One of Student Life Studies' goals is to provide quality assessment services to facilitate client planning and decision-making. To measure this goal and associated outcomes, the department conducted focus groups with clients to understand the effectiveness and quality of the services provided. Focus groups are conducted every three years; this assessment summary reports the results of the focus groups conducted in the summer of 2016.
Parents’ Weekend is a special time dedicated to Aggie parents and families. This annual weekend is organized by the Parents’ Weekend Committee, comprised of 18 students and supported by the Office of New Student & Family Programs, in the Offices of the Dean of Student Life.Aggie Family Game Night was a new event this year sponsored by the Parents’ Weekend Committee, New Student & Family Programs, and the 12th Man Foundation (organization which fund raises in support of Texas A&M Athletics). This event, scheduled on Friday evening,featured board games, dominoes, bingo, and performances from various student organizations.The Parents’ Weekend Committee and New Student & Family Programs wanted to gather feedback on this new event to assist in making improvements for future years. The attached report summarizes the results of that assessment.
Peer Advisers for Veteran Education (PAVE) is a peer support program that connects incoming student veterans with student veterans already on campus in order to help them navigate college life. This summary report documents the assessment of learning of the 2016-2017 PAVE peer advisers and team leads from their participation in the program, specifically in the areas of interpersonal and written communication.
Peer Advisors for Veteran Education (PAVE) is a “peer support program that connects incoming student veterans with student veterans already on campus in order to help them navigate college life, identify challenges they are facing, refer them to appropriate resources on or off campus, and provide ongoing support to their academic and personal ventures.” The PAVE program originated as a collaboration between the University of Michigan Depression Center and the Department of Psychiatry, and the Student Veterans of America. The Texas A&M University Veterans Resource and Support Center (VRSC) started offering student veterans the PAVE program in 2014. In the 2016-2017 academic year, over 120 student veterans participated, linked to approximately 15 Peer Advisors who assisted these incoming student veterans. Additionally, Peer Advisors were assigned one of three Team Leads, who were responsible for the management, coordination and training of their assigned Peer Advisors.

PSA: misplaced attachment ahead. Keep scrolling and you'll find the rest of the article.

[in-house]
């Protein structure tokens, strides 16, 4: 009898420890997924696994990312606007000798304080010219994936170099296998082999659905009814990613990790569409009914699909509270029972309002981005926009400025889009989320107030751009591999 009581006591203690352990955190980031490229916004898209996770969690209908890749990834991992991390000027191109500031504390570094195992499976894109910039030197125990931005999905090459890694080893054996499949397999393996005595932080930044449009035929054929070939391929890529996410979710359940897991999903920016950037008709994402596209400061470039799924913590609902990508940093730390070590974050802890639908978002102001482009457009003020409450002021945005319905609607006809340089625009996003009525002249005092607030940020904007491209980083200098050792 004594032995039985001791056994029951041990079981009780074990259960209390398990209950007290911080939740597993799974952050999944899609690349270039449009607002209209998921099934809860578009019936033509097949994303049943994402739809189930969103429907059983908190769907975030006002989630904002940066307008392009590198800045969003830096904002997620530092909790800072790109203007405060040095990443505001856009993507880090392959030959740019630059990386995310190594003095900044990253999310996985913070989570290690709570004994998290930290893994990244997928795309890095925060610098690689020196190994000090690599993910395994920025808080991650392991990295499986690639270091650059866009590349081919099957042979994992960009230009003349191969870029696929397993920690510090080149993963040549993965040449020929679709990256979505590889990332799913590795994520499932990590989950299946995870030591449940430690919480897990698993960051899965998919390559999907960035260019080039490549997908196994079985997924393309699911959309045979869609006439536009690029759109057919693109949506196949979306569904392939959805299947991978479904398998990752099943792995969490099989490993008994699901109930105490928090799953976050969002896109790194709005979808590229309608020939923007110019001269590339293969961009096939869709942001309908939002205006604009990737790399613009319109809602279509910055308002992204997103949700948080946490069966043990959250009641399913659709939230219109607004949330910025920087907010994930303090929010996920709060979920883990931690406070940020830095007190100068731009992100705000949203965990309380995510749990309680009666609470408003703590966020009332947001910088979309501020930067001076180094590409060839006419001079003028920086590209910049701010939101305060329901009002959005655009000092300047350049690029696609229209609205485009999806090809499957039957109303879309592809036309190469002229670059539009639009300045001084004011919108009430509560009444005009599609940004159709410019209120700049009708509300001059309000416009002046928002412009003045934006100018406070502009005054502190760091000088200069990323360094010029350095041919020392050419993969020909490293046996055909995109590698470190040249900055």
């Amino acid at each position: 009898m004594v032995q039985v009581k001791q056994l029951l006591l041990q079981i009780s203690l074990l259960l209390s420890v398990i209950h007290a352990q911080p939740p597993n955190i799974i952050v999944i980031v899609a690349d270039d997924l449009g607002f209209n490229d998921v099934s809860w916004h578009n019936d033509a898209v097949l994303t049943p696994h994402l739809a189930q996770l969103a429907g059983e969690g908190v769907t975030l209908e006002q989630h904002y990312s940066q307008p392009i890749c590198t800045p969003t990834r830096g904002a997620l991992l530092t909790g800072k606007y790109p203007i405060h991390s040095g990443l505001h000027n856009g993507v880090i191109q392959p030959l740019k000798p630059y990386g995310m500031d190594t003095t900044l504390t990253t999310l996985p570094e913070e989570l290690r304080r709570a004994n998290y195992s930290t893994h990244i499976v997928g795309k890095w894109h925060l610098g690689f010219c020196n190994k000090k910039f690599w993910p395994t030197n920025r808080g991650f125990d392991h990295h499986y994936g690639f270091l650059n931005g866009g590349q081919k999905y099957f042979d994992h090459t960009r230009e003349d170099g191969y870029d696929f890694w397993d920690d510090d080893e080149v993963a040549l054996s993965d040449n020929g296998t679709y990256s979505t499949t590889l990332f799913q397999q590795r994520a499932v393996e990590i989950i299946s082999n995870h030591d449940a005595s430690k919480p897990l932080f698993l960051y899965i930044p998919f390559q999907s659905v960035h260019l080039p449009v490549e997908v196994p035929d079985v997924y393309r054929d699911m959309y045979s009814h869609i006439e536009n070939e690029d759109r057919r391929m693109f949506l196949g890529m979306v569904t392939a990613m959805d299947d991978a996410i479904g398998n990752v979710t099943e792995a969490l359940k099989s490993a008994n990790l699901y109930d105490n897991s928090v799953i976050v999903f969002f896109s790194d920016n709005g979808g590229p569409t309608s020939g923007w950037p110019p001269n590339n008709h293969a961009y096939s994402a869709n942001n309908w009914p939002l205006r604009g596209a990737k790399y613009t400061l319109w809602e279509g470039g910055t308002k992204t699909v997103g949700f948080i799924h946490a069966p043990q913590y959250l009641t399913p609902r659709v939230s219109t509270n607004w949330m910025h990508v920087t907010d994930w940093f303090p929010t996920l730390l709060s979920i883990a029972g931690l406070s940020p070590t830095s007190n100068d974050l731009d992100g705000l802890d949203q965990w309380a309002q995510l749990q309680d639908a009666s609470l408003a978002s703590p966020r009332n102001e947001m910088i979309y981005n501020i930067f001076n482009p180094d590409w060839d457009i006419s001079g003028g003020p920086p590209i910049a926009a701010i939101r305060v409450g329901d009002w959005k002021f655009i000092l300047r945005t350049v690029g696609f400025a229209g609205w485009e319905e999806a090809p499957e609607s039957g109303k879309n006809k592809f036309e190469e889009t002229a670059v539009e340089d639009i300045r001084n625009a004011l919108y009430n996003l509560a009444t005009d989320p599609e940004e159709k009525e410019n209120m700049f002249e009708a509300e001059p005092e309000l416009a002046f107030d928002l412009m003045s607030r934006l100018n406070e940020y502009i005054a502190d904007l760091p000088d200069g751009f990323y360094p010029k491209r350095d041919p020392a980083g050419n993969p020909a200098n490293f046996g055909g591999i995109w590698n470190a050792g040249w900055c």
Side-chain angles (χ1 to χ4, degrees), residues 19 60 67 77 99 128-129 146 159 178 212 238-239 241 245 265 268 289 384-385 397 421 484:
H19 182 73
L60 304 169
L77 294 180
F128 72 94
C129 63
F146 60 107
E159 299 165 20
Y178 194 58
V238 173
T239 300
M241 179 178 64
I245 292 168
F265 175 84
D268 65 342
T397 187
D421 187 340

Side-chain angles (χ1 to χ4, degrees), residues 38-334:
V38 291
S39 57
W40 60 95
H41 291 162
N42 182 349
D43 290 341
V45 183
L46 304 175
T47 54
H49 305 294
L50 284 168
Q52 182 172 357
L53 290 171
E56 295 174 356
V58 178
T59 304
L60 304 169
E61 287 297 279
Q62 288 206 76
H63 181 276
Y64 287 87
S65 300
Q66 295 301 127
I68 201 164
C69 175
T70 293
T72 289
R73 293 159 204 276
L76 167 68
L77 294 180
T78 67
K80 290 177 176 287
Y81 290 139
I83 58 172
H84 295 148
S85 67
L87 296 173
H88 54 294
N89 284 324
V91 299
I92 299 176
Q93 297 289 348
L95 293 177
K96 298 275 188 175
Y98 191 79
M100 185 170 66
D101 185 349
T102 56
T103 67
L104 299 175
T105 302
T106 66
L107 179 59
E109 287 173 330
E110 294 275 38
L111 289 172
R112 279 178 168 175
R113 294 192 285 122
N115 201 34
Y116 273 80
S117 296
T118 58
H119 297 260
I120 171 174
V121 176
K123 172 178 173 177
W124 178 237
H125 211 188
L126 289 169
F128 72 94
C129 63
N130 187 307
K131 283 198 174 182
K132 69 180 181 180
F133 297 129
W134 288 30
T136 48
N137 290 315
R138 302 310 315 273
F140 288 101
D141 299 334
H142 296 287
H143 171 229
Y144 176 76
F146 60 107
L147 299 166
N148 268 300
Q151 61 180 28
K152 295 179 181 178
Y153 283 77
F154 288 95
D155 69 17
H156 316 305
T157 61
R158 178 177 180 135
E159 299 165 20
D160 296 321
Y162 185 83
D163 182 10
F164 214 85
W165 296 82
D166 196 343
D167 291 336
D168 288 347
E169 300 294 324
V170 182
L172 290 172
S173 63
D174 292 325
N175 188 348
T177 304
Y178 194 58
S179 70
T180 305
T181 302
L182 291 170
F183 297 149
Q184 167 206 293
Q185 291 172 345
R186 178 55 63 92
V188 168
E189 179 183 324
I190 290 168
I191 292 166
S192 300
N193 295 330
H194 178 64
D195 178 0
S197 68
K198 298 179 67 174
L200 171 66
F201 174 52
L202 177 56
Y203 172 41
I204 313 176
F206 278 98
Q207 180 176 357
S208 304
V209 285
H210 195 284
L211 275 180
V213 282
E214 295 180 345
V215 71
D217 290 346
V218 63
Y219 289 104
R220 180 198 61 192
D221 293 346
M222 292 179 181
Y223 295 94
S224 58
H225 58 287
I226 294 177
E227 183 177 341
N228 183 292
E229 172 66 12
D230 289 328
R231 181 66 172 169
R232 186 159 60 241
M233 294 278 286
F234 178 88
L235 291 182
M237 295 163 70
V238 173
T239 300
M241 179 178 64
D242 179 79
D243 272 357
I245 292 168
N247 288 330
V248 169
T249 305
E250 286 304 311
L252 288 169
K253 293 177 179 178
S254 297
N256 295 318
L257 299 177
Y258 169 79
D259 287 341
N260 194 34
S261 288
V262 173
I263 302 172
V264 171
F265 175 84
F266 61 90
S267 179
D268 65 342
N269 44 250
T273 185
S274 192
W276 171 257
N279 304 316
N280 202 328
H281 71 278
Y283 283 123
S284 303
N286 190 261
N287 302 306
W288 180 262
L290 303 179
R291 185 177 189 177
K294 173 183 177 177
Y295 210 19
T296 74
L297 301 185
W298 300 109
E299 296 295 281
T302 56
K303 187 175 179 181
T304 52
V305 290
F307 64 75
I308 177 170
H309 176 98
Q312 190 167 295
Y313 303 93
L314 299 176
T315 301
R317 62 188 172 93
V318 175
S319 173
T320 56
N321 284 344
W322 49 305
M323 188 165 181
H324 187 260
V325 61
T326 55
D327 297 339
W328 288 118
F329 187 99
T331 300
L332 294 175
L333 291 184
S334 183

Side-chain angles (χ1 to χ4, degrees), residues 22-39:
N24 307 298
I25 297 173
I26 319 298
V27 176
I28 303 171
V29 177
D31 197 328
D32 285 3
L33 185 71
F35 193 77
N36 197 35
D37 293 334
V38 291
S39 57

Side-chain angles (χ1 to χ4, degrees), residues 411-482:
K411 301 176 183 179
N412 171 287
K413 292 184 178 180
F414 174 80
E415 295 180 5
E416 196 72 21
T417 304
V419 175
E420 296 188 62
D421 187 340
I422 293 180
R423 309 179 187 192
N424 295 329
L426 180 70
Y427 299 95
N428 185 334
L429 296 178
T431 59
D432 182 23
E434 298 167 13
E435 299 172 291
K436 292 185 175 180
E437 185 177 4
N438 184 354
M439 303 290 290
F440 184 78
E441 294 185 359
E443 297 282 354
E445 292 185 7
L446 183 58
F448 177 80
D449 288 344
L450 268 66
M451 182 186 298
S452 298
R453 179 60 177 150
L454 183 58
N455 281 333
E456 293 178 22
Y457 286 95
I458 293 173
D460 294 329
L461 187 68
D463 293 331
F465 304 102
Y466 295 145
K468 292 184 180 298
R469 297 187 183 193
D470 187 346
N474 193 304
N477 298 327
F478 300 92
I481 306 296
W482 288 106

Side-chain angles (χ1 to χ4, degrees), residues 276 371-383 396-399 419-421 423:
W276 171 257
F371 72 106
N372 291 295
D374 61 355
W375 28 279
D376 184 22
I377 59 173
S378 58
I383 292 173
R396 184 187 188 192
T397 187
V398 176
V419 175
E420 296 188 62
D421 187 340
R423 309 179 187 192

In 2016 PAVE was designated as a Division of Student Affairs High Impact Practice (HIP) for the participating Peer Advisors and Team Leads. The VRSC contacted Student Life Studies to provide assistance in assessing the defined learning outcome and the reflection exercise for the Peer Advisors and Team Leads. Rubrics were developed to measure interpersonal and written communication skills, adapted from the Texas A&M University Division of Student Affairs Student Leader Learning Outcomes (SLLO) project interpersonal and written communication rubrics. The attached report summarizes the results of the assessment activities completed by the Peer Advisors and Team Leads.
Recreational Sports offers a variety of exercise classes to members. Most of the attendees are students, but faculty, staff, spouses, and community members can also join with a membership fee. Each class is taught by a trained instructor. Classes are offered at a variety of times during the day and week. Department staff wanted to assess the exercise classes to address concerns and make improvements.
Replant Day is coordinated by the Replant committee, part of the Student Government Association at Texas A&M University. It is a one day environment service project open to all Texas A&M students, providing them an avenue for environmental service by participating in a yearly tree planting event throughout the Bryan/College Station community. The attached report summarizes the results of the survey used to assess participants' experiences with Replant Day held on October 17, 2016.